This edition in the “Images of War” series offers an overview of the 1st Marine Division operations during the Korean War. The book provides a good description of how the Marines were integrated into missions under the overall command of the US Eighth Army and X Corps under theatre commander Army Gen. Douglas MacArthur (and later, Gen. Matthew Ridgway).
The limited text is arranged chronologically in five chapters:
- One: The Opening Moves
- Two: The Battles for Inchon and Seoul
- Three: Pushing Too Far
- Four: Back and Forth
- Five: The Fighting Goes On
The author does a good job of setting the scene for US military involvement in Korea, with the initial scramble to establish a blocking force of US troops from the depleted Army units (demobilized at the end of WW II) garrisoning Japan, and the establishment of the 1st Provisional Marine Brigade (built around the 5th Marine Regiment, the only available Marine unit at or near full strength) hurriedly sent to the crumbling UN front as a “fire brigade” to stop enemy breakthroughs around Pusan. Later chapters describe the well known amphibious landing at Inchon spearheaded by a revitalized 1st Marine Division (also demobilized after WW II), the subsequent recapture of Seoul and the drive north beyond the 38th parallel, and the redeployment of the 1st Division in a misguided X Corps effort to drive across the northern Korean peninsula from the east coast and running headlong into eight divisions of Chinese “volunteers” near the Chosin Reservoir. The final chapters describe less well known aspects of the war with the 1st Division again redeploying to western and central Korea to shore up faltering Eight Army lines in the final stalemated years of 1952 and ’53.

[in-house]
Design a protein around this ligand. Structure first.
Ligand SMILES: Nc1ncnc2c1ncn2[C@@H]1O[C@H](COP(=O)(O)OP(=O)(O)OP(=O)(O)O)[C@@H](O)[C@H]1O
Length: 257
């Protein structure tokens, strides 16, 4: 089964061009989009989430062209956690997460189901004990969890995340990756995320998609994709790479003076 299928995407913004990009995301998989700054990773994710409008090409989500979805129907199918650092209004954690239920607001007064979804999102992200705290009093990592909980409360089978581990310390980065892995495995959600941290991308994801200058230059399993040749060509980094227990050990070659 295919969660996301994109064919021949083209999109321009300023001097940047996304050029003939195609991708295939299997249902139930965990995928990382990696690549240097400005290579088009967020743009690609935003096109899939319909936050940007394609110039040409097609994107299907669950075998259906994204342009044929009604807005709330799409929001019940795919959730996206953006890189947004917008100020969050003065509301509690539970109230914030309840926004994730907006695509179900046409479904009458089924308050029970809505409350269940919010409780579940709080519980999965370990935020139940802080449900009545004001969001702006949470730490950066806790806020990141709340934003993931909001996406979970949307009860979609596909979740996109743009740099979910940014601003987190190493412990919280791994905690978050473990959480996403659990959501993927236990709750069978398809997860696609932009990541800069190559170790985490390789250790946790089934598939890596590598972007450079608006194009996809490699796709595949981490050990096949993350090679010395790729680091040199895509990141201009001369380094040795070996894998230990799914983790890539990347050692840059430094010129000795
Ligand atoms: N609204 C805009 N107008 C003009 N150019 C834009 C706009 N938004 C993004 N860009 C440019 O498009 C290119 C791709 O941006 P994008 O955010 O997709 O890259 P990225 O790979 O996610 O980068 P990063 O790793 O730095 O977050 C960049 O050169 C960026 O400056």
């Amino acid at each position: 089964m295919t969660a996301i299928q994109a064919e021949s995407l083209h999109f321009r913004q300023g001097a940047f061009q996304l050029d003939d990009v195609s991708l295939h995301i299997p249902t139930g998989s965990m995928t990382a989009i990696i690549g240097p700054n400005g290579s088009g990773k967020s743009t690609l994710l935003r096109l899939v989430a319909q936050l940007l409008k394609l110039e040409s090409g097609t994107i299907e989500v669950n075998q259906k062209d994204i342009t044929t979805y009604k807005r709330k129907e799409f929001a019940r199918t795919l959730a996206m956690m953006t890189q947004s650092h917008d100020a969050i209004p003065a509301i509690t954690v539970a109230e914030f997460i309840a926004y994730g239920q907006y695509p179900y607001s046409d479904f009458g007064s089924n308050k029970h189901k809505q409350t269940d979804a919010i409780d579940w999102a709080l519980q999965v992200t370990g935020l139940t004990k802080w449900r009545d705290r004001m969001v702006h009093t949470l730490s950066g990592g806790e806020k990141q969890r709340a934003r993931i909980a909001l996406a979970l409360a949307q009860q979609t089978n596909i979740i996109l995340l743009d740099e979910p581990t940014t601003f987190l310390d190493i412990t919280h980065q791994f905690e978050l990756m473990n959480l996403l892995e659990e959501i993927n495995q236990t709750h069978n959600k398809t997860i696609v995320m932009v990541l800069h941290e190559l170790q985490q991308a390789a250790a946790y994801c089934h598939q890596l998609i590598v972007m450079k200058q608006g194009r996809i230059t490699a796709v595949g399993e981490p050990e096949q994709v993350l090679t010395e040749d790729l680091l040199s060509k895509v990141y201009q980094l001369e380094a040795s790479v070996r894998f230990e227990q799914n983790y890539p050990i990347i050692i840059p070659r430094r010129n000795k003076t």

The vast bulk of information is provided by the multitude of photographs and the detailed information that comes with the photo captions. This volume offers a good cross section of images showing the combined arms aspect of the Marines, with a generous supply of photos illustrating the various Marine AFVs, artillery and heavy infantry support weapons used in Korea, much of it leftover from WW II. There are also numerous images of Marine airpower, from close air support F4U Corsairs to the utility and troop carrying helicopters just coming into use with Marines. An interesting sidebar in the text describes the battles between the 5th Air Force and the 1st Marine Air Wing for control of Marine air assets (an integral part of Marine Corps combat doctrine little understood by the US Air Force at the time. Interestingly, this conflict would be repeated 15 years later in Vietnam).
For the modeler, this book provides a wealth of visual information for anyone wishing to depict the uniforms and equipment used by the Marines in Korea. The extreme variations in weather conditions and typography experienced by the US troops during the war are amply illustrated here. This book provides a ready reference for figure, AFV, or diorama modelers as well as good reading for anyone looking for a concise understanding of the complicated back and forth nature of the “Forgotten War”.
Thanks to IPMS and Casemate Publishers for providing this highly interesting volume for review.